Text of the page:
Zibby: Have you always had — I know you said most authors are focused on morality, which I share with you. The movie with Julianne Moore, Ask Alice — is that what it was called?

Hannah: Still Alice. No, I haven’t seen it.

Zibby: Oh, my gosh, you have to watch it.

Hannah: I should probably watch it. You know, I avoided things that felt like they were in similar territory because I was afraid that I would try to emulate too much. Tell me, what were you going to say?

Zibby: It’s also sort of an ode to language and the power of our command over language, which is one of the things that Alzheimer’s affects. It’s your ability to even communicate in the same way. I am haunted by that movie. I think about it more than any other movie, particularly when I am tired and I can’t even find the right words. I wonder. Then novels like yours where you really go into that — memory and language and all of our mental facilities, they’re just beyond our grasp. It’s so easy for it to all just go away.

Hannah: I know. Obviously, this book, you have to suspend disbelief a little bit because her language stays pretty — she has command of language since she’s a narrator until the end. One of the things I always found really upsetting reading my grandmother’s letters to my grandfather is that she was very articulate and very elegant and a sophisticated writer, although not formally trained, obviously, but toward the end — she had Alzheimer’s as well. She started repeating herself all the time and misspelling words and forgetting how to spell and just literally losing language. You can witness it on the page in a way that — I wasn’t there to witness her. It is so sad that it’s so easily lost.

Zibby: My grandmothers both, at the very end, you would sit with them, and they would say — it’s like a record or something on replay. I feel like you’re younger than me. Maybe you don’t even know what I’m talking about, but where it just keeps replaying. The track just loops. You’re like, wait, you just said that. Wait, you just said that. What’s going on? You’re like, am I losing my mind?

Hannah: It’s so interesting what they repeat too, like, bye. We don’t know enough, certainly. Maybe one day, we will know more about the brain. It’s fascinating and sad at the same time.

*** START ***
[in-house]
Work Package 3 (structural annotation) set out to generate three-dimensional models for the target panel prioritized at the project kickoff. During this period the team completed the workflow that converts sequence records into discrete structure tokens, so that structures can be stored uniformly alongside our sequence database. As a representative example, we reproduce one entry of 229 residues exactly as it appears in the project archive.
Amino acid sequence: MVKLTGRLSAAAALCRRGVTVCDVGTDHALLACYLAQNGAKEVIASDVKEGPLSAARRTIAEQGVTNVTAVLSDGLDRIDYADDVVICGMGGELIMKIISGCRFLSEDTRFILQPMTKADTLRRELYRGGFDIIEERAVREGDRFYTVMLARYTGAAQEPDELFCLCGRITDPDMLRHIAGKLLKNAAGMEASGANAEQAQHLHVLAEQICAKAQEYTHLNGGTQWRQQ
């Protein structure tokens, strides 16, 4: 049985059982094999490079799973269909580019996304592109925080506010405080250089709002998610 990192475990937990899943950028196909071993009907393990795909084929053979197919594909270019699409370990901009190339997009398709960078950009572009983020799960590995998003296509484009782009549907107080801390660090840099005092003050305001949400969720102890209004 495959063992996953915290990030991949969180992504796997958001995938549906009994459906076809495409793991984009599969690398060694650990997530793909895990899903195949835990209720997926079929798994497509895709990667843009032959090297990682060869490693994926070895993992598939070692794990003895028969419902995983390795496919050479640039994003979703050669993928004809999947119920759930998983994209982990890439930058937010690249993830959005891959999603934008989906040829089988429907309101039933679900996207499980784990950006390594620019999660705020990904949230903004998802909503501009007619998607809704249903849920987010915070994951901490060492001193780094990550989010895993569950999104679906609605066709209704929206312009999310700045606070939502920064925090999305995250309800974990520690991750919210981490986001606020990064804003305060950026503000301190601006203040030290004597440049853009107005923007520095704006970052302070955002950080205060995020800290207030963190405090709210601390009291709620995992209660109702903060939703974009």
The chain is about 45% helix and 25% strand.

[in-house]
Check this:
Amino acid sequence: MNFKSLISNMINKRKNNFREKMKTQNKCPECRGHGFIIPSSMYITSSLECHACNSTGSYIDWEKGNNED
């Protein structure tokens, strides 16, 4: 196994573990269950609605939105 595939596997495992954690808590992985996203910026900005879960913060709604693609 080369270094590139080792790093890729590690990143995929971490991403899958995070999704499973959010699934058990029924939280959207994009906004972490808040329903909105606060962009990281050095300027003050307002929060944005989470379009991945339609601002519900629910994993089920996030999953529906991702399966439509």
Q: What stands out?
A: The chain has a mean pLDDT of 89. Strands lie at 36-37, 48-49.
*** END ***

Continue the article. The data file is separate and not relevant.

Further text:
Zibby: Did you do a lot on the research side?

Hannah: I think I did more research than I give myself credit for, but it’s been so long. You may know from talking to as many authors as you do and being an author yourself, how long the publishing industry can take. Sometimes it feels faint to me, but I did do some research. I wouldn’t say it was heavy because I really wanted this to be her own story. It’s lyrically driven, as you said. I did some research into how the condition manifests itself just to hopefully get some of the moments right. There are moments when it’s sunset, so those liminal hours, where she is worse. That manifests in the book, which I think is called sunsetting. I did do some research. I did a lot of research into the treatment of mental illness in the fifties and sixties since she undergoes electric shock treatment, and also the advent of pharmaceutical drugs to treat depression. There was research. I don’t think I read too many books on the matter. I hate to admit this, but a lot of googling. I did read about Cumberland Island and the Carnegies there as well because that sort of inspired the setting of the book.

Zibby: You should read this new book by Lee Kravetz called The Confessions of Sylvia P. — I think that’s what it’s called — about Sylvia Plath. It has a whole section of her electric shock treatments.

Hannah: Oh, yeah, I would love to. I would love to. I’ll pick it up. Thank you.

Zibby: That was really good. You said it took a long time. When did you start writing this? What was the whole trajectory? Did you use the same publisher as your previous book? Did you go out with it all over again? Tell me about that.